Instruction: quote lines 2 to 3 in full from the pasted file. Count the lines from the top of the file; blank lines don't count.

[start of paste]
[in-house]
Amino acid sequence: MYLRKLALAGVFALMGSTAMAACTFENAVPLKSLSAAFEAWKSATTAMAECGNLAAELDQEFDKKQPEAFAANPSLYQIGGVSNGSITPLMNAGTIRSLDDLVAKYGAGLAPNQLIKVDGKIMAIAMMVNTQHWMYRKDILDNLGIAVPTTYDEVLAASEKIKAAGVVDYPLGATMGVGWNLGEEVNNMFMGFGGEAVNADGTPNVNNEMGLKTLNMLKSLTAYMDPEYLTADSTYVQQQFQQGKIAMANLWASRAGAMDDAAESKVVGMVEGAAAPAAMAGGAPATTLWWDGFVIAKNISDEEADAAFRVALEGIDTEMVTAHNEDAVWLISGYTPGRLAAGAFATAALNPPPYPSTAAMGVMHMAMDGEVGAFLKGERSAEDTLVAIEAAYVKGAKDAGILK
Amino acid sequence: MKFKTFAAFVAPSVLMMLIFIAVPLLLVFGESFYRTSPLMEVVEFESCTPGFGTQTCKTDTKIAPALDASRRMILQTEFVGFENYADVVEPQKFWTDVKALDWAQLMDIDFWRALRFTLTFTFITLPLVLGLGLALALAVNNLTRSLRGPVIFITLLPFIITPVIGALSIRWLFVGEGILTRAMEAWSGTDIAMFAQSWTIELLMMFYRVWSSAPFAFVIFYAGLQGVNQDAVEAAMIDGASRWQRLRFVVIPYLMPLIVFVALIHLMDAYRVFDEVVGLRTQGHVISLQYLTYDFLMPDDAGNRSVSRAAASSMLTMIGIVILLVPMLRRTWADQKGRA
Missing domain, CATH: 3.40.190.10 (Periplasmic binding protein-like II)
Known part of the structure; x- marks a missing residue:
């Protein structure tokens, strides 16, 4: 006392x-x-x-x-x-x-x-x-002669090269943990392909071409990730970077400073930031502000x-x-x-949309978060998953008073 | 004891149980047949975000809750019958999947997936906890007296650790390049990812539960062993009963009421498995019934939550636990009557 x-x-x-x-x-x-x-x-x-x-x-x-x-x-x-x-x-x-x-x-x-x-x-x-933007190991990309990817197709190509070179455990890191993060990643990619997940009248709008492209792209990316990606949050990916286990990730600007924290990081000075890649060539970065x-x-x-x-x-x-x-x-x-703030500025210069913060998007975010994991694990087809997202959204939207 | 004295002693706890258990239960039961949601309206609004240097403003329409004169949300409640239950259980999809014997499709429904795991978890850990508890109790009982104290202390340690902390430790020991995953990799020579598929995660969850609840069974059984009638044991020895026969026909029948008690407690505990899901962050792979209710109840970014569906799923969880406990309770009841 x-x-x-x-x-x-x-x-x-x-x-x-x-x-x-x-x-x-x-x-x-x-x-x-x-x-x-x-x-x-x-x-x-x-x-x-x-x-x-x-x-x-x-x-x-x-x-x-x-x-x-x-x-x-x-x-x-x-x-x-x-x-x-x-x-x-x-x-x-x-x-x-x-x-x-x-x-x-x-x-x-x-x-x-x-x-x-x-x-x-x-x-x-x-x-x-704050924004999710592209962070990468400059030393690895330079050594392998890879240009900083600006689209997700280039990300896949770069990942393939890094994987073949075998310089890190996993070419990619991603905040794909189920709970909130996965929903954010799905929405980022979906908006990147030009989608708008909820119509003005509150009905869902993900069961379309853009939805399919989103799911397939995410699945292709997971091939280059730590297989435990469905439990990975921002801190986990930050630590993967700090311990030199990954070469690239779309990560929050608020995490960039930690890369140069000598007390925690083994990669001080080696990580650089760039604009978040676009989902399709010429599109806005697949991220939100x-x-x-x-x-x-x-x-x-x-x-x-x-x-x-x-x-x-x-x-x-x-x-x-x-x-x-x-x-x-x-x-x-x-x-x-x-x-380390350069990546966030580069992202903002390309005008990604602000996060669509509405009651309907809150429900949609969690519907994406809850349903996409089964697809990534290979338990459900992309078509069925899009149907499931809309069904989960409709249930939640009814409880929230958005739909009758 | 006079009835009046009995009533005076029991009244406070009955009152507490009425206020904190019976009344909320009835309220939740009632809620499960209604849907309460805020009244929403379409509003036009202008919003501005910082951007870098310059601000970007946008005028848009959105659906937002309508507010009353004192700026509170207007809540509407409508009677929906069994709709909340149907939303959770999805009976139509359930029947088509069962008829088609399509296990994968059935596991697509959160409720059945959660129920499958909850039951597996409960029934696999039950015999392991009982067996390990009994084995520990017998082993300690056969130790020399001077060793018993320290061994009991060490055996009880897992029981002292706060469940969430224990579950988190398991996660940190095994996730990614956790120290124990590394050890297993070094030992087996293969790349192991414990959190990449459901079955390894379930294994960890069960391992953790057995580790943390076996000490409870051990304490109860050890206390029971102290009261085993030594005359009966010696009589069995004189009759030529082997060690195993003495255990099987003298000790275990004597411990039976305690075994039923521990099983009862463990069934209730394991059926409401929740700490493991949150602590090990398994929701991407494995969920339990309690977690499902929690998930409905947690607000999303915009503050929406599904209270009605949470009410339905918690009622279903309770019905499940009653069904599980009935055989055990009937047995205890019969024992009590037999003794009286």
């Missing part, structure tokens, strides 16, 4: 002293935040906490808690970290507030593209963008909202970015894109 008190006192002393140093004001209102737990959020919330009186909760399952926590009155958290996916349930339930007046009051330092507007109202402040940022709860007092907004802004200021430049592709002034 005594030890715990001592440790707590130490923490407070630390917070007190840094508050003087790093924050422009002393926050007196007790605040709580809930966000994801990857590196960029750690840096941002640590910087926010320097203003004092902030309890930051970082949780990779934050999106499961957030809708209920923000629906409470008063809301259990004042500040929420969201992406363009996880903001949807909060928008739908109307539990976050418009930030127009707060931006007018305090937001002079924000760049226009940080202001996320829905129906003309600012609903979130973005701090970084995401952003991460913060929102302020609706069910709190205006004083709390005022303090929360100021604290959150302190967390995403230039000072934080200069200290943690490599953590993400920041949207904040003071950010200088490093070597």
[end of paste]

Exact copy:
Amino acid sequence: MYLRKLALAGVFALMGSTAMAACTFENAVPLKSLSAAFEAWKSATTAMAECGNLAAELDQEFDKKQPEAFAANPSLYQIGGVSNGSITPLMNAGTIRSLDDLVAKYGAGLAPNQLIKVDGKIMAIAMMVNTQHWMYRKDILDNLGIAVPTTYDEVLAASEKIKAAGVVDYPLGATMGVGWNLGEEVNNMFMGFGGEAVNADGTPNVNNEMGLKTLNMLKSLTAYMDPEYLTADSTYVQQQFQQGKIAMANLWASRAGAMDDAAESKVVGMVEGAAAPAAMAGGAPATTLWWDGFVIAKNISDEEADAAFRVALEGIDTEMVTAHNEDAVWLISGYTPGRLAAGAFATAALNPPPYPSTAAMGVMHMAMDGEVGAFLKGERSAEDTLVAIEAAYVKGAKDAGILK
Amino acid sequence: MKFKTFAAFVAPSVLMMLIFIAVPLLLVFGESFYRTSPLMEVVEFESCTPGFGTQTCKTDTKIAPALDASRRMILQTEFVGFENYADVVEPQKFWTDVKALDWAQLMDIDFWRALRFTLTFTFITLPLVLGLGLALALAVNNLTRSLRGPVIFITLLPFIITPVIGALSIRWLFVGEGILTRAMEAWSGTDIAMFAQSWTIELLMMFYRVWSSAPFAFVIFYAGLQGVNQDAVEAAMIDGASRWQRLRFVVIPYLMPLIVFVALIHLMDAYRVFDEVVGLRTQGHVISLQYLTYDFLMPDDAGNRSVSRAAASSMLTMIGIVILLVPMLRRTWADQKGRA